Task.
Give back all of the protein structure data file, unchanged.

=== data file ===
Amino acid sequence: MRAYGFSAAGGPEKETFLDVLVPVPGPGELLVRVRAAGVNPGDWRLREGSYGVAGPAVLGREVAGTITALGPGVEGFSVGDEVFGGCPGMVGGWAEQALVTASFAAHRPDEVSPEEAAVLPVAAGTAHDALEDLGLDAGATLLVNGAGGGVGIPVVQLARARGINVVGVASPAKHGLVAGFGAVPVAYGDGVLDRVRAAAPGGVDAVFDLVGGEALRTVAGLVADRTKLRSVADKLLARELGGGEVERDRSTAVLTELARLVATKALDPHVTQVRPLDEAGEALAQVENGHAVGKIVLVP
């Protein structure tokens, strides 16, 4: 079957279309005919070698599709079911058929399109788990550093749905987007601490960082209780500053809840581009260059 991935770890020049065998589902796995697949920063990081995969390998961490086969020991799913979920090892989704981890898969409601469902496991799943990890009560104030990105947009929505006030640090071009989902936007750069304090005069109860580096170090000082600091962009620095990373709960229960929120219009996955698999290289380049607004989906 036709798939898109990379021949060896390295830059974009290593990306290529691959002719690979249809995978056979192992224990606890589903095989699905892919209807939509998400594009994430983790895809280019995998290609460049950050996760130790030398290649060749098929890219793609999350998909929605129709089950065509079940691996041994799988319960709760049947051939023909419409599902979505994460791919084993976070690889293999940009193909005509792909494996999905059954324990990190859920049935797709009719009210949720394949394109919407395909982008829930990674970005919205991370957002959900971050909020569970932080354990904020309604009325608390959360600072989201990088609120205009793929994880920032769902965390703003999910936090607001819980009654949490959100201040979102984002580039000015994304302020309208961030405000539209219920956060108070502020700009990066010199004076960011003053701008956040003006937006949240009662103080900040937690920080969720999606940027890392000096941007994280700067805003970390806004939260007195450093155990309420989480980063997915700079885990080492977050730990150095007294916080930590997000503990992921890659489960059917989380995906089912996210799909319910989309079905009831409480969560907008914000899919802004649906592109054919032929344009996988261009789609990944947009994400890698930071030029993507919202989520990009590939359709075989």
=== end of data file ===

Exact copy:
Amino acid sequence: MRAYGFSAAGGPEKETFLDVLVPVPGPGELLVRVRAAGVNPGDWRLREGSYGVAGPAVLGREVAGTITALGPGVEGFSVGDEVFGGCPGMVGGWAEQALVTASFAAHRPDEVSPEEAAVLPVAAGTAHDALEDLGLDAGATLLVNGAGGGVGIPVVQLARARGINVVGVASPAKHGLVAGFGAVPVAYGDGVLDRVRAAAPGGVDAVFDLVGGEALRTVAGLVADRTKLRSVADKLLARELGGGEVERDRSTAVLTELARLVATKALDPHVTQVRPLDEAGEALAQVENGHAVGKIVLVP
């Protein structure tokens, strides 16, 4: 079957279309005919070698599709079911058929399109788990550093749905987007601490960082209780500053809840581009260059 991935770890020049065998589902796995697949920063990081995969390998961490086969020991799913979920090892989704981890898969409601469902496991799943990890009560104030990105947009929505006030640090071009989902936007750069304090005069109860580096170090000082600091962009620095990373709960229960929120219009996955698999290289380049607004989906 036709798939898109990379021949060896390295830059974009290593990306290529691959002719690979249809995978056979192992224990606890589903095989699905892919209807939509998400594009994430983790895809280019995998290609460049950050996760130790030398290649060749098929890219793609999350998909929605129709089950065509079940691996041994799988319960709760049947051939023909419409599902979505994460791919084993976070690889293999940009193909005509792909494996999905059954324990990190859920049935797709009719009210949720394949394109919407395909982008829930990674970005919205991370957002959900971050909020569970932080354990904020309604009325608390959360600072989201990088609120205009793929994880920032769902965390703003999910936090607001819980009654949490959100201040979102984002580039000015994304302020309208961030405000539209219920956060108070502020700009990066010199004076960011003053701008956040003006937006949240009662103080900040937690920080969720999606940027890392000096941007994280700067805003970390806004939260007195450093155990309420989480980063997915700079885990080492977050730990150095007294916080930590997000503990992921890659489960059917989380995906089912996210799909319910989309079905009831409480969560907008914000899919802004649906592109054919032929344009996988261009789609990944947009994400890698930071030029993507919202989520990009590939359709075989």